As we discussed last week, manufacturers label value-added items as “performance-” or “safety-” related based on the financial benefit it brings to the table. However, the true test of safety over performance is when it is tried in court. If a consumer thinks that an item is added to their vehicle for safety purposes and that item fails, the individual may go to court to voice their beliefs. If a jury is convinced through testimony that an item is there as a safety device, the device now becomes a safety device no matter what the vehicle manufacturer labeled it. This is our system of justice. That is why I recommend that when replacing any glass in a vehicle, it is always best practice to replace the part with the same type of part that was in it from the factory. It is the cheapest insurance against liability that a shop owner can buy.

I have been involved in some discussions recently concerning value-added accessories on automobiles, and specifically automotive glass as it pertains to safety and/or performance. Anyone who knows me would say that I usually fall on the side of safety over performance. However, it is not as black and white as it might seem. As a matter of fact, most of the items that have been added to the modern automobile represent a little bit of increased safety and a little bit of increased performance—blurred lines.

The fact is that safety items are government regulated and performance items are not. If a car company has a choice of labeling a value-added item a “safety” device or a “performance” device it would weigh the profit advantage of each and come up with a decision that benefits the bottom line. If an accessory improves safety, that value will be there regardless as to how it is labeled, but by calling the add-on a performance feature, car companies can avoid regulation and possible liability.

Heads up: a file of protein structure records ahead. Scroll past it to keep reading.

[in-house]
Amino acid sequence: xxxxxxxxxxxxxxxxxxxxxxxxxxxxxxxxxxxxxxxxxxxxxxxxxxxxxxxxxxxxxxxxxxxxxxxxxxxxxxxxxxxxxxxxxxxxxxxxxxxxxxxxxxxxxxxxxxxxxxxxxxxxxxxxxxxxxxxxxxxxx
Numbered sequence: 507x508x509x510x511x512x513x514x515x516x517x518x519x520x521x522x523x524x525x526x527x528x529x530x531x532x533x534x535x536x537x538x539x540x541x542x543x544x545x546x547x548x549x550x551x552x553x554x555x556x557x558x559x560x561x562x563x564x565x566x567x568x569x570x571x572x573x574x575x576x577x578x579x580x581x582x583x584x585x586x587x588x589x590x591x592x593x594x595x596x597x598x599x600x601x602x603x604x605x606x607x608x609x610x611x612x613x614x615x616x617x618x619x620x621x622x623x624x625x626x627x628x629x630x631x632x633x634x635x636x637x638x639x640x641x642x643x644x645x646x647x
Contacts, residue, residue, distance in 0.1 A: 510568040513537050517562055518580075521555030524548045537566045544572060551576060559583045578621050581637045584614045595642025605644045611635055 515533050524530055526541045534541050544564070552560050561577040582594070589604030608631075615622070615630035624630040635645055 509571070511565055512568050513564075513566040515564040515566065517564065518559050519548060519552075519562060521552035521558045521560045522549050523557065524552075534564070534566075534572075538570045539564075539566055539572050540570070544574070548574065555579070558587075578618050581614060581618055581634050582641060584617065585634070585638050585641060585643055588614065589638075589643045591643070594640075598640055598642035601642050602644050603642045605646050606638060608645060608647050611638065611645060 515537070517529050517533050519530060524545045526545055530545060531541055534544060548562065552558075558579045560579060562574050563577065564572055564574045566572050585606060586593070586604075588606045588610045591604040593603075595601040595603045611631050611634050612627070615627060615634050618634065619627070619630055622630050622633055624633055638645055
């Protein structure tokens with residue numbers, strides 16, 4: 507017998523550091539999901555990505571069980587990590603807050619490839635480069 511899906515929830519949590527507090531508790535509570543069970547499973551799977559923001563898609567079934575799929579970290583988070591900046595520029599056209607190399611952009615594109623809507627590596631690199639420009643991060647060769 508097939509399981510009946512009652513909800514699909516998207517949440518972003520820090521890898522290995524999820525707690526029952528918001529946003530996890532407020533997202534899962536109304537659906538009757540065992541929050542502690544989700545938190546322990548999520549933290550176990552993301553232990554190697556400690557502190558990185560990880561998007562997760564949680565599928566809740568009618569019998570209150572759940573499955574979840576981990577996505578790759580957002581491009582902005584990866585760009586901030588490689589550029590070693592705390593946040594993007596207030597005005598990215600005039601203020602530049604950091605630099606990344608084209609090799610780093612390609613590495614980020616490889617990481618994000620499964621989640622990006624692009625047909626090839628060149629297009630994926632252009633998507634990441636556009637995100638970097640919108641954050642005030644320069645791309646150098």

What does this mean? It means that if a value-added item can be labeled as both safety and performance, it will be labeled as performance.

I alluded to this phenomenon a few weeks ago when I wrote about laminated door glasses. I questioned back then whether a laminated door glass was a safety device or a performance feature. The National Highway Traffic and Safety Administration (NHTSA) saw the same blurred lines and backed away. Since then, I have been asked numerous questions about other items added to the modern day vehicles such as Heads-Up-Display (HUD), rain sensors and special urethanes. For the next few posts I will voice my thoughts on the matter and try to clear up the blurred lines of safety versus performance.